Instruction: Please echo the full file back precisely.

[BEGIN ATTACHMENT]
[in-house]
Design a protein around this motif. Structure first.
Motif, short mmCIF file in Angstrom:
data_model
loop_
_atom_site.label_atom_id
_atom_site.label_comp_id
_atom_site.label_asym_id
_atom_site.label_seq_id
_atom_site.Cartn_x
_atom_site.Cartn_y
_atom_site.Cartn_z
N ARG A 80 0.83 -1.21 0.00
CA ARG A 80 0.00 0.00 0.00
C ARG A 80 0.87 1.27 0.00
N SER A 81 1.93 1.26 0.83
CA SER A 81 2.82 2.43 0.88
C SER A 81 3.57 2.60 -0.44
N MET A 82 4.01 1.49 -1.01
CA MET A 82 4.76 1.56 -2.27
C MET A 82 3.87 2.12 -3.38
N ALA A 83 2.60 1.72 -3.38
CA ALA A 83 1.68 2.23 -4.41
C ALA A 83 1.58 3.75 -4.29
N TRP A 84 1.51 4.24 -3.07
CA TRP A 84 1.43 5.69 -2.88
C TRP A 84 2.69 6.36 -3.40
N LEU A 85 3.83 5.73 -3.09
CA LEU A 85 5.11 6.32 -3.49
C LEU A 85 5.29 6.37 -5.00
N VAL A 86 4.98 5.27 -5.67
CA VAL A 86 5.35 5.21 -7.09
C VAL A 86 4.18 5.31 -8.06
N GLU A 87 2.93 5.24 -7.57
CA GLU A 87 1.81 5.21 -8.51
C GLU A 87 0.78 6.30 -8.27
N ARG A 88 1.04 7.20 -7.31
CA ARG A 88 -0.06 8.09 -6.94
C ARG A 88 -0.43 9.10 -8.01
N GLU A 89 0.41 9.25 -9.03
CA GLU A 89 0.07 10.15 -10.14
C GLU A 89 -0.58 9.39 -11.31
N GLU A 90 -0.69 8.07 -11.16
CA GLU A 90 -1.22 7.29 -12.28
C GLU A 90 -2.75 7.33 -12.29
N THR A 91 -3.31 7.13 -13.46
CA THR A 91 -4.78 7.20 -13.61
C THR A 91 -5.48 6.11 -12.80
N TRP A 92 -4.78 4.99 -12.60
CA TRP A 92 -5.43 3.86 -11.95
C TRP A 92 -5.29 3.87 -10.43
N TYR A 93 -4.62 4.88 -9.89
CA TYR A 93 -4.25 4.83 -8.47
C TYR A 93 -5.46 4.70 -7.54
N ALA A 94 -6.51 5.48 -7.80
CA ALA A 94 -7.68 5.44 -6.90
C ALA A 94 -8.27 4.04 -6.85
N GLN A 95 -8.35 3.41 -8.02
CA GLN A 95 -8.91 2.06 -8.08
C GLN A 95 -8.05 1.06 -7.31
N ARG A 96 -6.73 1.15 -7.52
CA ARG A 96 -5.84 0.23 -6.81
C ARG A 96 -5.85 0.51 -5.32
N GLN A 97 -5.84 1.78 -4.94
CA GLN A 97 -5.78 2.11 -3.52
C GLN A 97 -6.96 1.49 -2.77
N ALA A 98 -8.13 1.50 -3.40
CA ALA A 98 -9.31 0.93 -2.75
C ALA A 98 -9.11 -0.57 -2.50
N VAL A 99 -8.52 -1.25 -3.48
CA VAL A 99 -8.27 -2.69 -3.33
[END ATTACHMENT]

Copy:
[in-house]
Design a protein around this motif. Structure first.
Motif, short mmCIF file in Angstrom:
data_model
loop_
_atom_site.label_atom_id
_atom_site.label_comp_id
_atom_site.label_asym_id
_atom_site.label_seq_id
_atom_site.Cartn_x
_atom_site.Cartn_y
_atom_site.Cartn_z
N ARG A 80 0.83 -1.21 0.00
CA ARG A 80 0.00 0.00 0.00
C ARG A 80 0.87 1.27 0.00
N SER A 81 1.93 1.26 0.83
CA SER A 81 2.82 2.43 0.88
C SER A 81 3.57 2.60 -0.44
N MET A 82 4.01 1.49 -1.01
CA MET A 82 4.76 1.56 -2.27
C MET A 82 3.87 2.12 -3.38
N ALA A 83 2.60 1.72 -3.38
CA ALA A 83 1.68 2.23 -4.41
C ALA A 83 1.58 3.75 -4.29
N TRP A 84 1.51 4.24 -3.07
CA TRP A 84 1.43 5.69 -2.88
C TRP A 84 2.69 6.36 -3.40
N LEU A 85 3.83 5.73 -3.09
CA LEU A 85 5.11 6.32 -3.49
C LEU A 85 5.29 6.37 -5.00
N VAL A 86 4.98 5.27 -5.67
CA VAL A 86 5.35 5.21 -7.09
C VAL A 86 4.18 5.31 -8.06
N GLU A 87 2.93 5.24 -7.57
CA GLU A 87 1.81 5.21 -8.51
C GLU A 87 0.78 6.30 -8.27
N ARG A 88 1.04 7.20 -7.31
CA ARG A 88 -0.06 8.09 -6.94
C ARG A 88 -0.43 9.10 -8.01
N GLU A 89 0.41 9.25 -9.03
CA GLU A 89 0.07 10.15 -10.14
C GLU A 89 -0.58 9.39 -11.31
N GLU A 90 -0.69 8.07 -11.16
CA GLU A 90 -1.22 7.29 -12.28
C GLU A 90 -2.75 7.33 -12.29
N THR A 91 -3.31 7.13 -13.46
CA THR A 91 -4.78 7.20 -13.61
C THR A 91 -5.48 6.11 -12.80
N TRP A 92 -4.78 4.99 -12.60
CA TRP A 92 -5.43 3.86 -11.95
C TRP A 92 -5.29 3.87 -10.43
N TYR A 93 -4.62 4.88 -9.89
CA TYR A 93 -4.25 4.83 -8.47
C TYR A 93 -5.46 4.70 -7.54
N ALA A 94 -6.51 5.48 -7.80
CA ALA A 94 -7.68 5.44 -6.90
C ALA A 94 -8.27 4.04 -6.85
N GLN A 95 -8.35 3.41 -8.02
CA GLN A 95 -8.91 2.06 -8.08
C GLN A 95 -8.05 1.06 -7.31
N ARG A 96 -6.73 1.15 -7.52
CA ARG A 96 -5.84 0.23 -6.81
C ARG A 96 -5.85 0.51 -5.32
N GLN A 97 -5.84 1.78 -4.94
CA GLN A 97 -5.78 2.11 -3.52
C GLN A 97 -6.96 1.49 -2.77
N ALA A 98 -8.13 1.50 -3.40
CA ALA A 98 -9.31 0.93 -2.75
C ALA A 98 -9.11 -0.57 -2.50
N VAL A 99 -8.52 -1.25 -3.48
CA VAL A 99 -8.27 -2.69 -3.33